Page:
Among the various incidents of this war, one in particular is worth mention; In the course of a battle in which the Athenians had the upper hand, Alcaeus the poet took to flight and escaped, but his armor was taken by the Athenians and hung up in the temple of Athena at Sigeum. Alcaeus wrote a poem about this and sent it to Mytilene. In it he relates his own misfortune to his friend Melanippus. As for the Mytilenaeans and Athenians, however, peace was made between them by Periander son of Cypselus, to whose arbitration they committed the matter, and the terms of peace were that each party should keep what it had.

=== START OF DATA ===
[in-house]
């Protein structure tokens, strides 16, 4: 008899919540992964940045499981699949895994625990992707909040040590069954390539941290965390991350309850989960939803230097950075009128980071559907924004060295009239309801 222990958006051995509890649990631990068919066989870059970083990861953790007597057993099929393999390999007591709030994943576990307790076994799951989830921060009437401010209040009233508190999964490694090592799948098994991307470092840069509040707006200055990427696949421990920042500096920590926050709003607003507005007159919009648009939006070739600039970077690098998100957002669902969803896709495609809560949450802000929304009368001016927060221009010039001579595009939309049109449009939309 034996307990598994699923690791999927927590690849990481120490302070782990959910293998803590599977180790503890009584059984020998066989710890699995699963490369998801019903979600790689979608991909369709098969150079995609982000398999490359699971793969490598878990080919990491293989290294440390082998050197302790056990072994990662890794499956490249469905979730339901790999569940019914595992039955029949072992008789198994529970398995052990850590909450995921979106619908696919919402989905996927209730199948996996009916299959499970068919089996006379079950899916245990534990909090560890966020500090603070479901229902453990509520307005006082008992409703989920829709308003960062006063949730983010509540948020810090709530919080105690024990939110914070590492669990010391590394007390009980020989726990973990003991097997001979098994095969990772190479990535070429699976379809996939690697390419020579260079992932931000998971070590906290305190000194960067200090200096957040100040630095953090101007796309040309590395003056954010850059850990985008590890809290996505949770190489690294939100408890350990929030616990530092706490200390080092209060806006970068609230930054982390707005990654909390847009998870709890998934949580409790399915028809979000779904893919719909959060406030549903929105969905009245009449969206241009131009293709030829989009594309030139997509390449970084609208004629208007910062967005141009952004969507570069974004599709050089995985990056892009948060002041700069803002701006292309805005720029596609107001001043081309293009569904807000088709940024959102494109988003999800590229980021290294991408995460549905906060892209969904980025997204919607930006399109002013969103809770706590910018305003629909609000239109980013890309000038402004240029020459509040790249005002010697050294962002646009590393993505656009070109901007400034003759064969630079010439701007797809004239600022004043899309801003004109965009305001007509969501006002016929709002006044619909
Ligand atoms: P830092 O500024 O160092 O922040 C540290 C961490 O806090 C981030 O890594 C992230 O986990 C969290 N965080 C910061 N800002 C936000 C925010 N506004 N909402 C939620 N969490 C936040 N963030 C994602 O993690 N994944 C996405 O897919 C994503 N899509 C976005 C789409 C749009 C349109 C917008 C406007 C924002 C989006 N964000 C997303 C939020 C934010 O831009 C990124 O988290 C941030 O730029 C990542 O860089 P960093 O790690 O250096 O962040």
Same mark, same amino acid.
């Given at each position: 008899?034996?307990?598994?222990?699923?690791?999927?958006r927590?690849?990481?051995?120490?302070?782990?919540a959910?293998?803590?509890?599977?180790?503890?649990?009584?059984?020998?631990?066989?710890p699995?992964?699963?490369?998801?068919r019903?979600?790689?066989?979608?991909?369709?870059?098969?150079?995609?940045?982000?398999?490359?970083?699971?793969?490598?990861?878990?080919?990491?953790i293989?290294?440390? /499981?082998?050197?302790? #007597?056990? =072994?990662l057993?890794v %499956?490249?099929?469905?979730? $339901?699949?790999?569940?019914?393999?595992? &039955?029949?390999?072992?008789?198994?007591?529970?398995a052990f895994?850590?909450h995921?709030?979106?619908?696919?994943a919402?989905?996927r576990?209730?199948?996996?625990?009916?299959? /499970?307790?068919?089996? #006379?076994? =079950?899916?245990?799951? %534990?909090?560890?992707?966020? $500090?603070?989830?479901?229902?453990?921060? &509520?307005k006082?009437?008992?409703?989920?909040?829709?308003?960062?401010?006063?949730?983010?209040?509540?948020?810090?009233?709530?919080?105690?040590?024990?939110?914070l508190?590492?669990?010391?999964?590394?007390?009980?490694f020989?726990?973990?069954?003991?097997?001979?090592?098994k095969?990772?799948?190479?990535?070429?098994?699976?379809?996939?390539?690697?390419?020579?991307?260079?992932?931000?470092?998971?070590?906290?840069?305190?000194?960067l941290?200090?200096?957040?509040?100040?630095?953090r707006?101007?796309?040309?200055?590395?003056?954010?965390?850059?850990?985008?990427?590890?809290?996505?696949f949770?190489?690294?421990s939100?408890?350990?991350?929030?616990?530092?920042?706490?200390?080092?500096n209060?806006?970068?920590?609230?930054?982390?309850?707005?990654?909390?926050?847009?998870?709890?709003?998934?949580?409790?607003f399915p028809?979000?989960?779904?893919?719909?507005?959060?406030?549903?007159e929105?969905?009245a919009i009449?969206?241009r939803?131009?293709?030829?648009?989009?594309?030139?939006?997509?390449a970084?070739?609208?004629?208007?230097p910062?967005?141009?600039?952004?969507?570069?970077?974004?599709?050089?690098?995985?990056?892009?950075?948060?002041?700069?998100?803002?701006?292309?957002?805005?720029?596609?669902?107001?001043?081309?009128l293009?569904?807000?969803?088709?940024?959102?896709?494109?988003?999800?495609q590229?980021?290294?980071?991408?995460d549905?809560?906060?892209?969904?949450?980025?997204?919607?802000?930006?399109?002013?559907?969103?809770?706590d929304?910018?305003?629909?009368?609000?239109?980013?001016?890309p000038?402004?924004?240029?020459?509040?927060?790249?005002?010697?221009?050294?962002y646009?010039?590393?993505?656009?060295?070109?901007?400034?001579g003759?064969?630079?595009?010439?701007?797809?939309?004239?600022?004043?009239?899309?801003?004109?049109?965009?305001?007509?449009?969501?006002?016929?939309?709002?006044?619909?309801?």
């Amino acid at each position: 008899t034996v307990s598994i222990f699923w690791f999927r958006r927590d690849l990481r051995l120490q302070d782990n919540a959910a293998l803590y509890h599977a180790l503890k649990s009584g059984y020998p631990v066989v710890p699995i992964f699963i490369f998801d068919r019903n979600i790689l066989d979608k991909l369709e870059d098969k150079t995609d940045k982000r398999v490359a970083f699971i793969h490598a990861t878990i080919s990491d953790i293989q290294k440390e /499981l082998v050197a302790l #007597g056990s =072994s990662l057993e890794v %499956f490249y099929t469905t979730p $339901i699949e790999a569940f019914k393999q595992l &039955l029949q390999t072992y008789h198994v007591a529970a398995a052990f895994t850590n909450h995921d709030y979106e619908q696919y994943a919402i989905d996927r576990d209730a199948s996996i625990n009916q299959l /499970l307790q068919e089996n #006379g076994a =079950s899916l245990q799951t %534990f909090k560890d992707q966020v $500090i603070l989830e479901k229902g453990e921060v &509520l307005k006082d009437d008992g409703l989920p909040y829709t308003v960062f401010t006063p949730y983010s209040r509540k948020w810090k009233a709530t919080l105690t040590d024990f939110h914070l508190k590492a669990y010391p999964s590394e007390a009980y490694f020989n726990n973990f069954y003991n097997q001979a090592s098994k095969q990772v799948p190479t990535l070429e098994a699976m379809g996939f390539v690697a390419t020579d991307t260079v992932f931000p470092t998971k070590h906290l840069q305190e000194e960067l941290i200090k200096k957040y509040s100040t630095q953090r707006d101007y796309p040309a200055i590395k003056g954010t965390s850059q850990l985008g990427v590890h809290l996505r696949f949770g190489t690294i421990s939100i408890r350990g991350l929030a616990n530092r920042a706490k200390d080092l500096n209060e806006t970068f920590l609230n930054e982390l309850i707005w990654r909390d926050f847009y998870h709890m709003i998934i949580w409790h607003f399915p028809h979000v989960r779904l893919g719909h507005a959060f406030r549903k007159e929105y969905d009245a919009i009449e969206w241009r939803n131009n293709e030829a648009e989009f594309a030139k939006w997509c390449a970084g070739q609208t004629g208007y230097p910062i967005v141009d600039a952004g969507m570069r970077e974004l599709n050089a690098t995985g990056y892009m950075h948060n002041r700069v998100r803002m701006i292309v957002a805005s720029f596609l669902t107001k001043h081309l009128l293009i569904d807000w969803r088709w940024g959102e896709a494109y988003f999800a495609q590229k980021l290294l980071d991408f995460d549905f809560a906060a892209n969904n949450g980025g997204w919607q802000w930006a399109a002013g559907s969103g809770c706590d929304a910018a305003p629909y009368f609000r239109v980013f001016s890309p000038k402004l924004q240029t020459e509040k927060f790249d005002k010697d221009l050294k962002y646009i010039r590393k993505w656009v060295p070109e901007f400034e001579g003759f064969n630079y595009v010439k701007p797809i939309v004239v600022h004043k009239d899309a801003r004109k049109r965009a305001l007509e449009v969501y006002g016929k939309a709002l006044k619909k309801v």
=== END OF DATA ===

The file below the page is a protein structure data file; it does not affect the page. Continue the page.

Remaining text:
So troubles arose in Sardis. Since he failed in this hope, the Chians brought Histiaeus back to Miletus at his own request. But the Milesians were glad enough to be rid of Aristagoras himself, and they had no wish to receive another tyrant into their country now that they had tasted freedom. When Histiaeus tried to force his way into Miletus by night, he was wounded in the thigh by a Milesian. Since he was thrust out from his own city, he went back to Chios; when he could not persuade the Chians to give him ships, he then crossed over to Mytilene and persuaded the Lesbians to give him ships. They manned eight triremes, and sailed with Histiaeus to Byzantium; there they encamped, and seized all the ships that were sailing out of the Euxine, except when the crews consented to serve Histiaeus.